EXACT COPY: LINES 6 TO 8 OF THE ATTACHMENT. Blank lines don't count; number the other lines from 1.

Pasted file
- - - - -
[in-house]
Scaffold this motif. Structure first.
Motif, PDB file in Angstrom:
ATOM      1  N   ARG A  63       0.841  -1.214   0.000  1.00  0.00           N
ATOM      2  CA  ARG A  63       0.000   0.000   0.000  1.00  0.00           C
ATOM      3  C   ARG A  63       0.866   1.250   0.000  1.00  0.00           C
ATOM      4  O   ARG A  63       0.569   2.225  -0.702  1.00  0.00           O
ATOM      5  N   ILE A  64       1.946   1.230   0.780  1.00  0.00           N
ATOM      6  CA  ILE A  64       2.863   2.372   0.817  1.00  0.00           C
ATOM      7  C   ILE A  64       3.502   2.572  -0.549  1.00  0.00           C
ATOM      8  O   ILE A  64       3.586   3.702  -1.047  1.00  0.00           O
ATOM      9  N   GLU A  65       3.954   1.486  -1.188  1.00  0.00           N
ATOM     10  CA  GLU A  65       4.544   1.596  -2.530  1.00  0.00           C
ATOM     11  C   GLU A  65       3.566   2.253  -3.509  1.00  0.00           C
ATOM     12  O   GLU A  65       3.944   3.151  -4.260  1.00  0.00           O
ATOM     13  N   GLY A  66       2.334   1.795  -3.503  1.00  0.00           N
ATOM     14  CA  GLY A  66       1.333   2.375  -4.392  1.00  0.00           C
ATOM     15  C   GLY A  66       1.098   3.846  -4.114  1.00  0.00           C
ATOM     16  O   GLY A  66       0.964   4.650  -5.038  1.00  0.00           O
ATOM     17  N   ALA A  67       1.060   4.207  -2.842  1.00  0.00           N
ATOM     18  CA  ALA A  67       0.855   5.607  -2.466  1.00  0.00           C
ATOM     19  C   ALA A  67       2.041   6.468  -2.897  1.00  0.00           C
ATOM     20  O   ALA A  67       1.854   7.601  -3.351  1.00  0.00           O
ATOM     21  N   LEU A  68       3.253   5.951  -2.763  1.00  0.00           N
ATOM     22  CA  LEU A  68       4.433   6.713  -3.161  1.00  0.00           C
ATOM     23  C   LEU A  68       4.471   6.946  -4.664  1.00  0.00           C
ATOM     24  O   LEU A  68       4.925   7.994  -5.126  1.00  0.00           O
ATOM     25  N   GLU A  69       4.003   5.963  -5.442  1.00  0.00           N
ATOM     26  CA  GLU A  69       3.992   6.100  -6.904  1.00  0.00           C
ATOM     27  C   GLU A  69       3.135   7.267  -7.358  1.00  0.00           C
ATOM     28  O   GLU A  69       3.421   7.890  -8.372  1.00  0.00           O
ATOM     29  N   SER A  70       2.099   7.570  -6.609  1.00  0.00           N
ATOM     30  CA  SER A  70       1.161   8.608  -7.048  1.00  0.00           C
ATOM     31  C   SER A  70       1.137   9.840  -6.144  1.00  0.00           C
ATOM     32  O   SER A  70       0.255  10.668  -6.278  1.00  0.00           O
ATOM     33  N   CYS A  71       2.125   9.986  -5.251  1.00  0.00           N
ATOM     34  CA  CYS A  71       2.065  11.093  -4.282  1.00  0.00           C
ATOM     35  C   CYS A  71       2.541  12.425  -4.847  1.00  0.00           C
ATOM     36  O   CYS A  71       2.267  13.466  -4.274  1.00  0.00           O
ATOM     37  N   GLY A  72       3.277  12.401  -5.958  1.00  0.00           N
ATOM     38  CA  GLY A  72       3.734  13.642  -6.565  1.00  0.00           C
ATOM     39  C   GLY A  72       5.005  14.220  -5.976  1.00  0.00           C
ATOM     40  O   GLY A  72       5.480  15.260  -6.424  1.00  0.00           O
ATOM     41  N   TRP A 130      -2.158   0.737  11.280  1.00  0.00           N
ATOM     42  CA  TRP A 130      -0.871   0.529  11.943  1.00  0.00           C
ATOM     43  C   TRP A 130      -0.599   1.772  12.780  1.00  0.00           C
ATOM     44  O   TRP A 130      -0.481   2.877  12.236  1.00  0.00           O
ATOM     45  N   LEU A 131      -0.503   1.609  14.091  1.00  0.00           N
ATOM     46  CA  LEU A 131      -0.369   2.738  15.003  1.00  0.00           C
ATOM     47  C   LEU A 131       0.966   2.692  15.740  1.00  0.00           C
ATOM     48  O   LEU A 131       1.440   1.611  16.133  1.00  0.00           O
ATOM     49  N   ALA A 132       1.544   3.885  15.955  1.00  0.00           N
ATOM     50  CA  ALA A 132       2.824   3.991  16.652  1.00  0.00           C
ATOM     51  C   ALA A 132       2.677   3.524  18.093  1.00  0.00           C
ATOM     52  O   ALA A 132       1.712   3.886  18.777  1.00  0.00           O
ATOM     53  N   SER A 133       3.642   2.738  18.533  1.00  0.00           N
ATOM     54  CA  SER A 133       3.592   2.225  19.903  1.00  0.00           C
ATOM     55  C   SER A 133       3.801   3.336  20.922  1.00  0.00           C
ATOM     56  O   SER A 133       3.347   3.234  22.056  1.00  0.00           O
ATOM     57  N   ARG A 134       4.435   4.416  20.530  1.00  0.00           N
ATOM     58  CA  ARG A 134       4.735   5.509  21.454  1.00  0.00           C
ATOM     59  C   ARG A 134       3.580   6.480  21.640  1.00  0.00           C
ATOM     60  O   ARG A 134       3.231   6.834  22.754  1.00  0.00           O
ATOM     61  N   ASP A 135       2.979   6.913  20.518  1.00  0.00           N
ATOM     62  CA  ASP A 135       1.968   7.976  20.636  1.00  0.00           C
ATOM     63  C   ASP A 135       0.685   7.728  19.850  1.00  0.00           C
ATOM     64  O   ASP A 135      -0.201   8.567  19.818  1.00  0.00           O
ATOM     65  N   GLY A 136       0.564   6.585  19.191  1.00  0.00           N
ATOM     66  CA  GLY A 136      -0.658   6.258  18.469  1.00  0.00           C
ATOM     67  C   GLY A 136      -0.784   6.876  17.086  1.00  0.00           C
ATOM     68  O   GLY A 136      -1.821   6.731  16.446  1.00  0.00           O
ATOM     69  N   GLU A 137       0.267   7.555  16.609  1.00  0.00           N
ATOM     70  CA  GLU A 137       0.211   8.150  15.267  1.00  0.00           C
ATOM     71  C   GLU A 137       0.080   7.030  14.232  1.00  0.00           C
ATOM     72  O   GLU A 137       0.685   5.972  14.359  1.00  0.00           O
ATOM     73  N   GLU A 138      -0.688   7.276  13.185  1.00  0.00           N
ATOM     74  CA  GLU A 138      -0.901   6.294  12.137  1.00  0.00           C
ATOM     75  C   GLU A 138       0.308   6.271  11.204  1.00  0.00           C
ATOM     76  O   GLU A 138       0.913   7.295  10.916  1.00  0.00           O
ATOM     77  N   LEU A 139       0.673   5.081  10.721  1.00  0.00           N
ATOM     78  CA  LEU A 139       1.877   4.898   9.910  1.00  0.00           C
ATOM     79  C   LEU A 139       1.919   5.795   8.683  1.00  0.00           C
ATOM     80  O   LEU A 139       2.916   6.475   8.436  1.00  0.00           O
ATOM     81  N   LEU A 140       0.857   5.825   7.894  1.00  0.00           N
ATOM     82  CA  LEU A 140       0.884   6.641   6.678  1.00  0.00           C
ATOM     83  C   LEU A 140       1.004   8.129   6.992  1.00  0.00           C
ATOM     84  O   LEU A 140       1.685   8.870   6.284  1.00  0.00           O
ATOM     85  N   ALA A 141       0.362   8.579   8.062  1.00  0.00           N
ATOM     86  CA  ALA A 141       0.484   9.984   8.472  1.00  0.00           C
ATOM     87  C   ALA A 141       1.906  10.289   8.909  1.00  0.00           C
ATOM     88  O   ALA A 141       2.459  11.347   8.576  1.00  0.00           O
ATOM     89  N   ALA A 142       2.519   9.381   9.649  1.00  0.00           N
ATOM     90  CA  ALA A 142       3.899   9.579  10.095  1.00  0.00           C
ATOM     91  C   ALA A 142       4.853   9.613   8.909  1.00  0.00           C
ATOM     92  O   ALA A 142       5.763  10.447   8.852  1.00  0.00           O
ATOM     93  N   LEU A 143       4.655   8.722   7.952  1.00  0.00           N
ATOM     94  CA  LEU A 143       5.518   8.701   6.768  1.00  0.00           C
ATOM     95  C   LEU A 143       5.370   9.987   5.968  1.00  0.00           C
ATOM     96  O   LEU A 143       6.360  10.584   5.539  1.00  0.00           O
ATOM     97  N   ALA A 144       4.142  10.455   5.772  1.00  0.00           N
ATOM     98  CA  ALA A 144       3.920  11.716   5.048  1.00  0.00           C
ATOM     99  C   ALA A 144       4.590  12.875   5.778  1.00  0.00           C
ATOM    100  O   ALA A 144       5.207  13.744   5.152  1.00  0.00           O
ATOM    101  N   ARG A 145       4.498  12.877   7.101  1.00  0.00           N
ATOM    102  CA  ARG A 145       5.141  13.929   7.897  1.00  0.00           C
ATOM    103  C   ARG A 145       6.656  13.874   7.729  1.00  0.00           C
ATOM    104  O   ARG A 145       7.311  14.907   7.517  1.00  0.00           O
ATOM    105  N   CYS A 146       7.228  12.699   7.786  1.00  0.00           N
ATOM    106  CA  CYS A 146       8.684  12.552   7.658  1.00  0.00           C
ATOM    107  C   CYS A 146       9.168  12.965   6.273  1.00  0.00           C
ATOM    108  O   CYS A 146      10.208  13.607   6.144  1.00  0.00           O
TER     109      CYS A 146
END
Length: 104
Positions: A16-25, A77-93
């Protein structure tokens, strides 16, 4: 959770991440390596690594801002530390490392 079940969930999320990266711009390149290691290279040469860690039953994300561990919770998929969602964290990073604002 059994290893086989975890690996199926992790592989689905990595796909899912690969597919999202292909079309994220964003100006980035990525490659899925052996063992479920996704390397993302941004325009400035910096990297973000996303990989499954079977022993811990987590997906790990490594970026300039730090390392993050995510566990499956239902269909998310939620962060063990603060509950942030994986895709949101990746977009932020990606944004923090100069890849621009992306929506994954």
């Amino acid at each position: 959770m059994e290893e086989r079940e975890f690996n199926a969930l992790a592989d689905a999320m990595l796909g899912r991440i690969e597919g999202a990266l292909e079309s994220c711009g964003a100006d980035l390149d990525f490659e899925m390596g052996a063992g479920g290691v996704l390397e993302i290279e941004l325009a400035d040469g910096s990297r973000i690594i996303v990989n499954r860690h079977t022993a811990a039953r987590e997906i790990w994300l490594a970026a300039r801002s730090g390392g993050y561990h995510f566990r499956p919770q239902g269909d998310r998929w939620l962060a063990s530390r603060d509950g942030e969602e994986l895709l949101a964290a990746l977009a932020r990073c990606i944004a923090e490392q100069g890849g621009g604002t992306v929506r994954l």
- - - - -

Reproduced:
ATOM      3  C   ARG A  63       0.866   1.250   0.000  1.00  0.00           C
ATOM      4  O   ARG A  63       0.569   2.225  -0.702  1.00  0.00           O
ATOM      5  N   ILE A  64       1.946   1.230   0.780  1.00  0.00           N